Radiation. Radiation therapy uses high-energy X-rays to kill cancer cells. Pediatric oncologists try to focus radiation therapy only on cancer cells at just the right dose. This helps prevent side effects caused by killing normal cells near the cancer. Radiation therapy can be used before or after surgery, or along with chemotherapy. It can be given from outside the body or placed inside the body. Side effects depend on where the cancer is, but the most common side effect in children is fatigue.

Stem cell transplant. Also called a bone marrow transplant, this treatment is used to destroy cancers that are inside bones in the bone marrow. Before the transplant, cancer cells are destroyed, usually with a high dose of chemotherapy. Stem cells that can move into the bone marrow to start producing healthy blood cells are given through a type of blood transfusion. Until the new cells start to make red and white blood cells, doctors must guard against side effects like infection and anemia.

Surgery. The most common reason for surgery is to remove a solid tumor. Surgery can be done through an open incision, or through small incisions using specially designed instruments, called minimally invasive surgery. Primary surgery removes all or as much of a tumor as possible. Second-look surgery may go back to check for or remove any remaining tumor. Side effects of surgery include bleeding, infection, pain and reactions to pain medications like nausea and constipation.

Immunotherapy. This treatment uses the body’s own immune system to fight cancer. Immunotherapy drugs are natural substances that occur in the body. These substances may stimulate the immune system to seek out and destroy cancer cells, called active immunotherapy. These treatments are usually given along with chemotherapy. Because they are more natural, they have less side effects. The most common side effects are flu-like symptoms that go away after treatment.

Targeted therapy. This is the newest type of cancer treatment. It is an active area of research and is commonly used in clinical trials for children. These therapies target and aim to interrupt specific processes that cancer cells use to grow. A targeted therapy may interfere with a tumor’s blood supply or interfere with the way tumors grow. Targeted therapies may improve the effects of chemotherapy drugs. Like immunotherapy, side effects of targeted therapies are milder and go away after treatment.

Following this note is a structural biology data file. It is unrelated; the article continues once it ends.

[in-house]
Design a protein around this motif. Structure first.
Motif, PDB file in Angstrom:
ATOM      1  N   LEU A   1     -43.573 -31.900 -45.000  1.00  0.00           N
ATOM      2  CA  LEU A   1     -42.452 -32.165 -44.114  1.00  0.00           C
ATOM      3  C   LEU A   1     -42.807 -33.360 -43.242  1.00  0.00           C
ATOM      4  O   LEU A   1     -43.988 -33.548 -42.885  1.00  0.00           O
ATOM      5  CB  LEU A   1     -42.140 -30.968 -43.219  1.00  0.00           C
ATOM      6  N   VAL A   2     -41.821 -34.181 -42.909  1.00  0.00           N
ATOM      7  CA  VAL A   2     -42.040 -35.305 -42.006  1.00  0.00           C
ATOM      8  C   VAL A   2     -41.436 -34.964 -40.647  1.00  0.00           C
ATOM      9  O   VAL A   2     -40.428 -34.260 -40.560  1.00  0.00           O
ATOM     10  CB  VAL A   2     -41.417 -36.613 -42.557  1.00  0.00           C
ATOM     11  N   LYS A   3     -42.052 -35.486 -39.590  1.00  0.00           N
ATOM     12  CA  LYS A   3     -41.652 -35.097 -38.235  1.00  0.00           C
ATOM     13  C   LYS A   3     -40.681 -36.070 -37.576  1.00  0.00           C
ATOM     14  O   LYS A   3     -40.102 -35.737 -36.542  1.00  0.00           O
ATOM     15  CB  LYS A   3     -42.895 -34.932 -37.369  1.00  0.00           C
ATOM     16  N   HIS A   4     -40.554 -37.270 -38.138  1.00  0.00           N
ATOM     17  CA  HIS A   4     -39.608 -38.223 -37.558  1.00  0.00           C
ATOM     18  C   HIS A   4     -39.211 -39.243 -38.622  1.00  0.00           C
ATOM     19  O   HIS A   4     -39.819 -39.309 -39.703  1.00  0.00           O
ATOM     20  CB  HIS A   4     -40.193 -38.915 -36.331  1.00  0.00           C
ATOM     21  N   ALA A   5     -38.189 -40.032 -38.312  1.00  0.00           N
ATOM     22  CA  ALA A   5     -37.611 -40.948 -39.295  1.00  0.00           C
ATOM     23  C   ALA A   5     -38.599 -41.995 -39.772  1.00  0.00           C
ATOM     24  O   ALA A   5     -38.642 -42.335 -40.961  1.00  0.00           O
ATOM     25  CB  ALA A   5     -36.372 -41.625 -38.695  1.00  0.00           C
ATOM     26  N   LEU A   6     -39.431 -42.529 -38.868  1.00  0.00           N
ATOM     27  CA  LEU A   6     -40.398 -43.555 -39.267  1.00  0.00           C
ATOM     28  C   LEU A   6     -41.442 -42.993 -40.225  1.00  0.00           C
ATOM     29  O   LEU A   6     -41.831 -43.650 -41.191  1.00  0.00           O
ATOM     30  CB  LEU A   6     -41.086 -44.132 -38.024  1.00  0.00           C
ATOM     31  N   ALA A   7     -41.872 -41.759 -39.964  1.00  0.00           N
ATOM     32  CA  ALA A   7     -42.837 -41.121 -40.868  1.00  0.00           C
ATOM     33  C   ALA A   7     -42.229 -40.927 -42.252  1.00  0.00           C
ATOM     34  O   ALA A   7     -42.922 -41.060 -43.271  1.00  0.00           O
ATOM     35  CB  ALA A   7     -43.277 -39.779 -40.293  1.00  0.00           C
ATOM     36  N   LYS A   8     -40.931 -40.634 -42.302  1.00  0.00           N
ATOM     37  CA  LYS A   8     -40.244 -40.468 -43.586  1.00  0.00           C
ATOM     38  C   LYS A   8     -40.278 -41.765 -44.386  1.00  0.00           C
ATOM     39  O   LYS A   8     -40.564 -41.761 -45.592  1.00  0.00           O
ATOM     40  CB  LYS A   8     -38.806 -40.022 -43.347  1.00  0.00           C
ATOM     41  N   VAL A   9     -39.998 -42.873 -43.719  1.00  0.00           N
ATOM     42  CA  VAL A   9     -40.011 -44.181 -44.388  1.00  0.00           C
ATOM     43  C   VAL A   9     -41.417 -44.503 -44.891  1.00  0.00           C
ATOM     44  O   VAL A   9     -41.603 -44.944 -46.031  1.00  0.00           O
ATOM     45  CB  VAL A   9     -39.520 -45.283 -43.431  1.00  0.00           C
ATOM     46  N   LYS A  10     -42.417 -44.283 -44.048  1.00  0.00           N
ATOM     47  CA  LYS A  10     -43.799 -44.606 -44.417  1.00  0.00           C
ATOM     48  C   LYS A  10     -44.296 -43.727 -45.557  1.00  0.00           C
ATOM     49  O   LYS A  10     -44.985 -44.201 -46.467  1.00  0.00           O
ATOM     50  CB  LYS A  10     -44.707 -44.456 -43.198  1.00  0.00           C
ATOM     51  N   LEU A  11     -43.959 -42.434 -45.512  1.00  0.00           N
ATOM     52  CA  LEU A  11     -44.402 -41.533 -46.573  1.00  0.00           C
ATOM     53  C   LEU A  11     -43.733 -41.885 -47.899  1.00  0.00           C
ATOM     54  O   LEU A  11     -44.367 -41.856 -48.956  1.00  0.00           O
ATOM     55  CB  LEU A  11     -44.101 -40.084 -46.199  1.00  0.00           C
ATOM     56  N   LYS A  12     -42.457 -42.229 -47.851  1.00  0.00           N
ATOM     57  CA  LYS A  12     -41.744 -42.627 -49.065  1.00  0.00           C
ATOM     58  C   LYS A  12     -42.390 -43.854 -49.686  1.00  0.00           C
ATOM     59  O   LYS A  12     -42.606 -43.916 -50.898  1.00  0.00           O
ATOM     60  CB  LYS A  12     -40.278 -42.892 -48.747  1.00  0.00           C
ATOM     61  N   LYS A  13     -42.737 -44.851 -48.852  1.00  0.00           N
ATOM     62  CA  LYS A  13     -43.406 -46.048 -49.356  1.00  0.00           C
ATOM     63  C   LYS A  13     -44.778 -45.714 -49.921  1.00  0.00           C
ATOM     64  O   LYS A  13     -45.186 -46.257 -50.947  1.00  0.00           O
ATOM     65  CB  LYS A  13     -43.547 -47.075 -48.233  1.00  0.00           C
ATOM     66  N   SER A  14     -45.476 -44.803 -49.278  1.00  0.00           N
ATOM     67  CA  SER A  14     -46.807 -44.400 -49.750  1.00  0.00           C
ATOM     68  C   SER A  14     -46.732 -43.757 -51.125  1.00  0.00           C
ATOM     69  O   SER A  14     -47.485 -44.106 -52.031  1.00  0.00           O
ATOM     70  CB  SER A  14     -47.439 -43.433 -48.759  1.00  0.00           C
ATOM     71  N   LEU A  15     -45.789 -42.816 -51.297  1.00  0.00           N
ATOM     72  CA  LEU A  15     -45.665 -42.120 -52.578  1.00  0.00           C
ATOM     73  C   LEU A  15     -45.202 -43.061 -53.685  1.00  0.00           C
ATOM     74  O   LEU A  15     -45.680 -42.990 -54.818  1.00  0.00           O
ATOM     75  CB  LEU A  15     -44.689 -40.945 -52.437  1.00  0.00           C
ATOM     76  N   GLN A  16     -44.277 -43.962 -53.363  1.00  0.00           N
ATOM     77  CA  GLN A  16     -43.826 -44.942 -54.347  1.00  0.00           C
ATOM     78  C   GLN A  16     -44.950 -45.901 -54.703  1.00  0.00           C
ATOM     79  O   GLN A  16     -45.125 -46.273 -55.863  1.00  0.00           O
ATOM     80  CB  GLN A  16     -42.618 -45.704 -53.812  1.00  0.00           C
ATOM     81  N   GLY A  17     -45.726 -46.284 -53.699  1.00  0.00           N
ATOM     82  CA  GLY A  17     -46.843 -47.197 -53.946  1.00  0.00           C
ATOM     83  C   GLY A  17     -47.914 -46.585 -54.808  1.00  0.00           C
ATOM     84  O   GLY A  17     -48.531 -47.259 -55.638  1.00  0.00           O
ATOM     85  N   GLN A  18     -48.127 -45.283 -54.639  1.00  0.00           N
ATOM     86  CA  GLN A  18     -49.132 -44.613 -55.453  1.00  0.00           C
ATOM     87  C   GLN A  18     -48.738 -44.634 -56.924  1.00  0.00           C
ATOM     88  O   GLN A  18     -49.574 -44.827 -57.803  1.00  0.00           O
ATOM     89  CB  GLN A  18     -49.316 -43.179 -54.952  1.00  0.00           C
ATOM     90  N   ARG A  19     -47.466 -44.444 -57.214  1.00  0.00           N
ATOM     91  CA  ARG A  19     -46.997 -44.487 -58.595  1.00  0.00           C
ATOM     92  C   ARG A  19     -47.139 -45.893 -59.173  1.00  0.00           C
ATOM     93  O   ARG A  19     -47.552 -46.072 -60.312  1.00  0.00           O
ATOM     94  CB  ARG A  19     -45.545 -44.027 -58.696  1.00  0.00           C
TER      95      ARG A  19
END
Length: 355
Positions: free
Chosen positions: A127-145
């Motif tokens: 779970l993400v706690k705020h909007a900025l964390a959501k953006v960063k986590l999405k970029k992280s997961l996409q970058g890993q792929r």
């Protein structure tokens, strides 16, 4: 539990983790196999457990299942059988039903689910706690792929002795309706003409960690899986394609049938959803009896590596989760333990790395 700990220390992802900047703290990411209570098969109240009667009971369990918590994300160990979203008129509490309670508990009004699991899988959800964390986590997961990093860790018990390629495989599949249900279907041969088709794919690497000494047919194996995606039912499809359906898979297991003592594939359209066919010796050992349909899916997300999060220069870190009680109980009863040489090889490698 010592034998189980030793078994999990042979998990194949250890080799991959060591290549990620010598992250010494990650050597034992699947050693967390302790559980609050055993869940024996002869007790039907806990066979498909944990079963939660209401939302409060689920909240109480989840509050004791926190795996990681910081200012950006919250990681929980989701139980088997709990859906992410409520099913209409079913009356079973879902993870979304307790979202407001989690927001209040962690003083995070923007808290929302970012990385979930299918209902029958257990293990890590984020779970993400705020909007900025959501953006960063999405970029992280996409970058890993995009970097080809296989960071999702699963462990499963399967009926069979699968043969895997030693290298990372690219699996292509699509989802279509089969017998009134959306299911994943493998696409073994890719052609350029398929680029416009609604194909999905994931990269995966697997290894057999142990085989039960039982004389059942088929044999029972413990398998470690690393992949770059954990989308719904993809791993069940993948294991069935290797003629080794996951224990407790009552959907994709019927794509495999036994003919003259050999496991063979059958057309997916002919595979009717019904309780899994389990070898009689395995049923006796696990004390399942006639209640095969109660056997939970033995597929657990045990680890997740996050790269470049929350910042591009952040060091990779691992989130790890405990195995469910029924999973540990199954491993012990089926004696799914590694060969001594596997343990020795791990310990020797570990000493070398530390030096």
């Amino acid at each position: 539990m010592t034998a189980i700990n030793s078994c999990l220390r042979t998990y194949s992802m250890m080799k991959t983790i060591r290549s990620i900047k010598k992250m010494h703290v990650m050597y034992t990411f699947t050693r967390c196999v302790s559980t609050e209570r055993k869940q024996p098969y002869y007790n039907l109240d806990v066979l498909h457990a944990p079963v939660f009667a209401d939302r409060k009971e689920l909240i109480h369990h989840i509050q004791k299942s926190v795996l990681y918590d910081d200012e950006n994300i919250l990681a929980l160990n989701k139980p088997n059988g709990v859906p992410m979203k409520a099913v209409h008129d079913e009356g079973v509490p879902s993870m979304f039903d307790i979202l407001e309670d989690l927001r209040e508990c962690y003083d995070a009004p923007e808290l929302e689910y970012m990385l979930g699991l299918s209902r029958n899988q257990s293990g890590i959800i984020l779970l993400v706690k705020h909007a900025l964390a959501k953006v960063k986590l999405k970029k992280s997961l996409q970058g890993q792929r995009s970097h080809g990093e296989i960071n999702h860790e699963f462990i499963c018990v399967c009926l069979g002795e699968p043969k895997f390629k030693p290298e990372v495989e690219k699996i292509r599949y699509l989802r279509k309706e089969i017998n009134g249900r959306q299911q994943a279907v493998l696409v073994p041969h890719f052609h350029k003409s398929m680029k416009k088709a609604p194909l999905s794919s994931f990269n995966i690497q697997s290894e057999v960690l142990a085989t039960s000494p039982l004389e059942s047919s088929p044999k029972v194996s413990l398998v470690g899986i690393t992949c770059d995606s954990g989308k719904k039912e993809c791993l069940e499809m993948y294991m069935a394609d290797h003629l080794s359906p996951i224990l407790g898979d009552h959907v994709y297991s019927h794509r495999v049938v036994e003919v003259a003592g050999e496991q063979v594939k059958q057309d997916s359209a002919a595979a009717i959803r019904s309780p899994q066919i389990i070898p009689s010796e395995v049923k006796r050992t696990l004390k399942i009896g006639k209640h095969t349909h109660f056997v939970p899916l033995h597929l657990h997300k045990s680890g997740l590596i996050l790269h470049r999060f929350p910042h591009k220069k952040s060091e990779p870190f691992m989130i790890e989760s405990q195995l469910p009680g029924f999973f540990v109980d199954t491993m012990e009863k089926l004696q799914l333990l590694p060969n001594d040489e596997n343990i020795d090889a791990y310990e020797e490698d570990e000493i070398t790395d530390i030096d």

Precision medicine. This novel approach to cancer treatment holds promise. It is another active area of research and examined in clinical trials for children. With this care, genetic testing is used to understand the makeup of the tumor or cancer cells and tailored drugs are designed to fight it. It’s also sometimes referred to as “personalized medicine” or “precision oncologic medicine.” Clinical trials are underway in this area, and a number of advances in this area have been made.

Supportive care services. An important part of any comprehensive treatment plan for childhood cancer is emotional support for children and their families as well as support for education, nutrition and physical recovery. That’s why child psychologists, social workers, child life specialists, physical therapists, dietitians and other supportive care providers are all important members of your child’s care team.

Finally, a key part of a treatment plan includes long-term support, called survivorship care. Children who survive cancer can develop emotional and physical health problems long after treatment. Survivorship care helps children and parents prepare for these problems and manage them as they occur.

Show references
  • American Cancer Society (2019, October). Treating Children with Cancer.
  • National Cancer Institute (2020, August). Childhood Cancers.
  • American Cancer Society (2019, October). Types of Cancer that Develop in Children.
  • Children’s Oncology Group. Treatment Options.
  • Forrest, S. J., Geoerger, B., & Janeway, K. A. (2018). Precision medicine in pediatric oncology. Current opinion in pediatrics, 30(1), 17-24.